Hotel in Hsinchu
Hotel in Hualien
Hotel in Kaohsiung
Hotel in Keelung
Hotel in Kenting
Hotel in Sun Moon Lake
Hotel in Taichung
Hotel in Tainan
Hotel in Taipei
Hotel in Taitung
Hotel in Taoyuan
Hotels in Taiwan
Popular Places
Best of Taiwan
Special Interests
Food in Taiwan
Events & Festivals
Travel Tips
General Info
Weather Check
Currency Converter
Time Zone Converter
Language Translator
Stock Index
About Us
Contact Us
Join us
Reservation Terms
Site Map

General Info
Economy l Geography l Government l History l People l Religion


Taiwan, formerly known as Formosa, is a land of divine beauty and warm hospitality. Long ago, humanity began to flock the island after rumors of untold riches of the island. Pirates, political exiles, traders, adventurers, farmers, and fishermen abandoned their homes in the coastal areas of China to begin a new life in Taiwan, with hopes of striking it rich and leading a better life.

Taiwan is rich in Chinese history and culture, the latter being the cement that has kept the Chinese civilization together to this day.

Taiwan's first inhabitants were the autochthonous ProtoAustronesians. The first settlement in Taiwan existed during the 12th Century. Immigration of a larger scale only started in the 17th Century when the Dutch and Spanish set up small colonial outposts in Taiwan. However, these Westerners never stayed long on this island. Soon after, the infamous Chinese dynasties claimed fame and fortune, and created history for themselves in rebuilding Taiwan. As Taiwan progressed, many other foreign powers became infatuated with its natural wealth and sought to contest with the ruling dynasty for a share of the resources.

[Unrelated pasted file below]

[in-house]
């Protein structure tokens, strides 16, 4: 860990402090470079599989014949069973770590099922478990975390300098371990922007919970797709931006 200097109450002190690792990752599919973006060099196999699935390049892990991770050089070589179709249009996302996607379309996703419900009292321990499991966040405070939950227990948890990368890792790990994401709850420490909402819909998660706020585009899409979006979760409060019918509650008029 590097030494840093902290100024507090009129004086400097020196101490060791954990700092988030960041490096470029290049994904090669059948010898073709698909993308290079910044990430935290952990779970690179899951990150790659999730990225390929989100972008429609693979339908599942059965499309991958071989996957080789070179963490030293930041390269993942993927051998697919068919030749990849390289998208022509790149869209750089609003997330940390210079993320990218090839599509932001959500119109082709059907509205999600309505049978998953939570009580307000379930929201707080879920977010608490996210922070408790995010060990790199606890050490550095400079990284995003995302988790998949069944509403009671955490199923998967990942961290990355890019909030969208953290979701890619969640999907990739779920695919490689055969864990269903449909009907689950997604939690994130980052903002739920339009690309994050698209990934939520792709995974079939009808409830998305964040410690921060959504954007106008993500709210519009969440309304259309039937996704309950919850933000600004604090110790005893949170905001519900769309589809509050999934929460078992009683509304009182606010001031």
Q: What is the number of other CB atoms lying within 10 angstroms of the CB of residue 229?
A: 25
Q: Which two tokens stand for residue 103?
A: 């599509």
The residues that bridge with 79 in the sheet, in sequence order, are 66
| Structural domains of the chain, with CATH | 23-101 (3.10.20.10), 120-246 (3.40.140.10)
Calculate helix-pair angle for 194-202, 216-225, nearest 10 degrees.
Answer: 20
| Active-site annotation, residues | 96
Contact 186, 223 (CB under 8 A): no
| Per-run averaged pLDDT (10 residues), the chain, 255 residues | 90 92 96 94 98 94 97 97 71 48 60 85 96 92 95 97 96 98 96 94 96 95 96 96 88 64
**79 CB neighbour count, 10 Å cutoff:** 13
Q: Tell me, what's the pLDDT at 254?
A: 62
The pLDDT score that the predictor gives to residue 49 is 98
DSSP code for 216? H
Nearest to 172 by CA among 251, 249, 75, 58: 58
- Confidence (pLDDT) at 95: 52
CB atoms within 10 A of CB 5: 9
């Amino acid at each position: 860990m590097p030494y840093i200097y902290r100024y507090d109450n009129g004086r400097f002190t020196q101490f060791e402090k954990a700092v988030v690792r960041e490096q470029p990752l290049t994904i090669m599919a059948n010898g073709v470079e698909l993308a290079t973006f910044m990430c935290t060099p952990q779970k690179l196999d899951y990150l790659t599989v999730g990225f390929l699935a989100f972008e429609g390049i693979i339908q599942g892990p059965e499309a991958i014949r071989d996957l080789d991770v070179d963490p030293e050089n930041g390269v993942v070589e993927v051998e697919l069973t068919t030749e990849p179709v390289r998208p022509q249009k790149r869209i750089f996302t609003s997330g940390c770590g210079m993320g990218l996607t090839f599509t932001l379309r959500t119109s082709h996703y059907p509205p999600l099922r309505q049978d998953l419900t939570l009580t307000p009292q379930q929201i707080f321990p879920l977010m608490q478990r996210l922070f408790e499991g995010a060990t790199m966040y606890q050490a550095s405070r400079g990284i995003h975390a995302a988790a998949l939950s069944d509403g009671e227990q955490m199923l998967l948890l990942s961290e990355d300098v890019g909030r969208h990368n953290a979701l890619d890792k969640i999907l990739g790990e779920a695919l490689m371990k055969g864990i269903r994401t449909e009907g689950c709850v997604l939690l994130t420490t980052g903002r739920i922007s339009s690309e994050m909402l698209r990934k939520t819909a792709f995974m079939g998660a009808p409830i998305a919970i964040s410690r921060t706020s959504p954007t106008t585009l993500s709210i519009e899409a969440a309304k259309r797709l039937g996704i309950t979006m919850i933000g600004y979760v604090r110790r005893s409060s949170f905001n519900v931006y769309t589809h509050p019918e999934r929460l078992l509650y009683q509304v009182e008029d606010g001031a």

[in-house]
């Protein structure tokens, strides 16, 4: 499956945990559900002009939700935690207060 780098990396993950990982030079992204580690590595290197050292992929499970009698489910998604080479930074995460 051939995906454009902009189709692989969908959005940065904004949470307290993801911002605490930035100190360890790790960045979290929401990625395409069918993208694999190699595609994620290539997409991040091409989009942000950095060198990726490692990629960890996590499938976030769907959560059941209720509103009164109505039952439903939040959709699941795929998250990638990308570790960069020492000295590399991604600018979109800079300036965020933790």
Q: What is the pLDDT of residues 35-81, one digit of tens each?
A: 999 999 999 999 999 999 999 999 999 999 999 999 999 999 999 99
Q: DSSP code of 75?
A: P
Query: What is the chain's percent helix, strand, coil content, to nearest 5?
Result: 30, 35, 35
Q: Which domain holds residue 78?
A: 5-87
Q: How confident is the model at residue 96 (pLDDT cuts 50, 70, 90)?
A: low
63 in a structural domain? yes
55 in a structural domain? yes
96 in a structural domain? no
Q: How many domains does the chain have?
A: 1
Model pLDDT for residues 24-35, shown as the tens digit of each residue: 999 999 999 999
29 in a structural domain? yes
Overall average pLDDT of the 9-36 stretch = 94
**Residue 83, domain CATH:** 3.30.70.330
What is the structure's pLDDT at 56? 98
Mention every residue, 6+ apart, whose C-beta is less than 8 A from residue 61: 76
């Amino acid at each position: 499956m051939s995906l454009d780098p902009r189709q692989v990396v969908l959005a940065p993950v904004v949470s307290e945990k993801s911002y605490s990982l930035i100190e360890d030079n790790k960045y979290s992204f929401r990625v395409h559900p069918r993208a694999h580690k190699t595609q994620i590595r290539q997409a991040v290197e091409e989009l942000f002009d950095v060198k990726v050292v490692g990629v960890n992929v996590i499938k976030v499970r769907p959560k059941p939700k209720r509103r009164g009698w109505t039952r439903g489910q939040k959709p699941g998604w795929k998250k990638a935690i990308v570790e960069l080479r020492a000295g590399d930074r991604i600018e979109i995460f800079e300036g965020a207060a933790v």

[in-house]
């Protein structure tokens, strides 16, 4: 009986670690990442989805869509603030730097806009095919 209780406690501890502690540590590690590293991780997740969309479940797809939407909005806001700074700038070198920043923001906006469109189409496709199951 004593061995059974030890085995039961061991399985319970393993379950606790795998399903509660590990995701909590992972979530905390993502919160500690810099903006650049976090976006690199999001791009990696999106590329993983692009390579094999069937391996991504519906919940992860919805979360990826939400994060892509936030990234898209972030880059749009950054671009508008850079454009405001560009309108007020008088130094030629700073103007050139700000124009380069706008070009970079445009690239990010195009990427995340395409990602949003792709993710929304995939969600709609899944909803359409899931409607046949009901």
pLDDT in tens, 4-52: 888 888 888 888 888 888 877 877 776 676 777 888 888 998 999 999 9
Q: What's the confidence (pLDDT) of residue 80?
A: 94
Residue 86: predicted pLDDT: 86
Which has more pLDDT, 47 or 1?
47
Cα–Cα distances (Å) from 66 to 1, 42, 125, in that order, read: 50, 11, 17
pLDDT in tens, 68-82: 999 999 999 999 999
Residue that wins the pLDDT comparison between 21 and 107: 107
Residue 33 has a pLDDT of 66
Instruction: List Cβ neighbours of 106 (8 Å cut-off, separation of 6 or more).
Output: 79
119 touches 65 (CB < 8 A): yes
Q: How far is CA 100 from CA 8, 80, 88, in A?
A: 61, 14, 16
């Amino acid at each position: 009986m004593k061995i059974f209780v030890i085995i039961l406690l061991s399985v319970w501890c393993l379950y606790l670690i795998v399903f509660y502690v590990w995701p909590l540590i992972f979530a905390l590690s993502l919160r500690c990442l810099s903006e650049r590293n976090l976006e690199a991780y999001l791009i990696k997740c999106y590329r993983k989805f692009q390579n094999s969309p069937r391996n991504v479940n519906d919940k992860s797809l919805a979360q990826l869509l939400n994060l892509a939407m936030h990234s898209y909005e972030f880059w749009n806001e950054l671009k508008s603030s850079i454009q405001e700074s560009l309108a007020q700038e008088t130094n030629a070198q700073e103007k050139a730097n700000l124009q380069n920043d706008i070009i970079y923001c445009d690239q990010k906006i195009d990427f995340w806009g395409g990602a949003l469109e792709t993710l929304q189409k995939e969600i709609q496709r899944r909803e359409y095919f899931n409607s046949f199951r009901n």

In 1885, the Ching Dynasty made Taiwan a province of China. Unfortunately, they had to relinquish the island to Japan after losing the Sino-Japanese war in 1895. Japanese came and left behind a mixed legacy of language and customs. They did, however, contribute greatly to modernizing Taiwan.

Prospective years ahead were grim. Civil war commenced in Taiwan, the government had to be relocated due to communism, the island's infrastructure was shattered, and the economy depleted. Taiwan's fate was left to the discretion of the United States, which provided aid and protection against threats from communist China. Taiwan's own President Chiang Ching-Kuo together with his successor Lee Teng-hui - with his utilitarian leadership - brought Taiwan back on its feet again to rise as one of Asia's economic tigers.

Top of Page



Home l Places of Interest l Outdoor Travel l Food in Asia l General Info l Entertainment
Shopping Asia l Special Attractions


Australia l Bali l Brunei l China l Hong Kong l Japan l Korea l Macau l Malaysia l Myanmar l New Zealand
Philippines l Singapore l Taiwan l Thailand

Copyright © by Hotnet Sdn.Bhd. ALL RIGHTS RESERVED
Copyright and Disclaimer l Privacy Policy